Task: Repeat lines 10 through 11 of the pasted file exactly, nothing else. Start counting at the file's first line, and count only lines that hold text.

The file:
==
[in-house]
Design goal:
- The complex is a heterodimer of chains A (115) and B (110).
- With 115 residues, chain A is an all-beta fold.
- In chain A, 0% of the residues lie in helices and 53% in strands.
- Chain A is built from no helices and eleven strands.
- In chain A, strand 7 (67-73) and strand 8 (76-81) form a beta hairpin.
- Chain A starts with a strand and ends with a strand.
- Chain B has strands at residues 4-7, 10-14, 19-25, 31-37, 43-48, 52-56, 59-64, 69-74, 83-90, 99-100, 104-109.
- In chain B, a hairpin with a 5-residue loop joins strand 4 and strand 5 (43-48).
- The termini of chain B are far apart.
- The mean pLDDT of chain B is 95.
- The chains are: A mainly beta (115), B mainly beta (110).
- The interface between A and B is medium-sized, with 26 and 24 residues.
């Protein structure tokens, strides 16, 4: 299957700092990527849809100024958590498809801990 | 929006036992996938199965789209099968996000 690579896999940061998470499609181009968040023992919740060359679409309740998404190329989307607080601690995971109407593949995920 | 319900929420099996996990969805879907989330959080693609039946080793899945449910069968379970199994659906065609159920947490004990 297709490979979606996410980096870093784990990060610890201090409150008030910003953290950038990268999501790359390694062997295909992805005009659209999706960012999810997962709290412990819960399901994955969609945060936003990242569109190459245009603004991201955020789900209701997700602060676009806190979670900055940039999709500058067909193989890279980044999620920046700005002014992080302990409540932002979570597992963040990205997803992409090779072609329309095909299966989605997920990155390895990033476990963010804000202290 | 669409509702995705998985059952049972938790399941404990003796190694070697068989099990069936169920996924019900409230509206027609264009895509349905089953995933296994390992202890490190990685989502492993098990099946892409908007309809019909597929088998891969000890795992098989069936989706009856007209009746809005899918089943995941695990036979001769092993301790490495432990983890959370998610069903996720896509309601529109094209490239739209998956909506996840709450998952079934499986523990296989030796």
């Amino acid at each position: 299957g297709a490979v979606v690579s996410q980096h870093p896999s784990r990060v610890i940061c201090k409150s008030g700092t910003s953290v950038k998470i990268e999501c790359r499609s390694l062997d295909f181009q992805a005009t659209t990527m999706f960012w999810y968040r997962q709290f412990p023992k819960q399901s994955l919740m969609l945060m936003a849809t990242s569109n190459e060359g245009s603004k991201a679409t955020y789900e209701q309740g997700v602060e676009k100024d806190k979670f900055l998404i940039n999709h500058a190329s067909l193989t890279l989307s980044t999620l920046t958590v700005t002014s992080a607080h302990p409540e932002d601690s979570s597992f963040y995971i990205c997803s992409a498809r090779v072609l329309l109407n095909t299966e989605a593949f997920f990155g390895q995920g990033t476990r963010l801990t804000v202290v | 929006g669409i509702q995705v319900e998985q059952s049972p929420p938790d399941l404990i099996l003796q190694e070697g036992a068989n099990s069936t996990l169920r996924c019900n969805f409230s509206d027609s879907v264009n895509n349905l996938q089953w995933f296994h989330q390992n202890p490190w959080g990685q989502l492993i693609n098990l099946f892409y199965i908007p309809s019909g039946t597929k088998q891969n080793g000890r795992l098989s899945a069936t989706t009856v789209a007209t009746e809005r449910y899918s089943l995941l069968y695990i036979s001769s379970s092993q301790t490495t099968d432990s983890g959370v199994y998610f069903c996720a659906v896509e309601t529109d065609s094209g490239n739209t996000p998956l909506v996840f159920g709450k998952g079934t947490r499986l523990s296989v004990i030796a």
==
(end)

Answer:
- In chain B, a hairpin with a 5-residue loop joins strand 4 and strand 5 (43-48).
- The termini of chain B are far apart.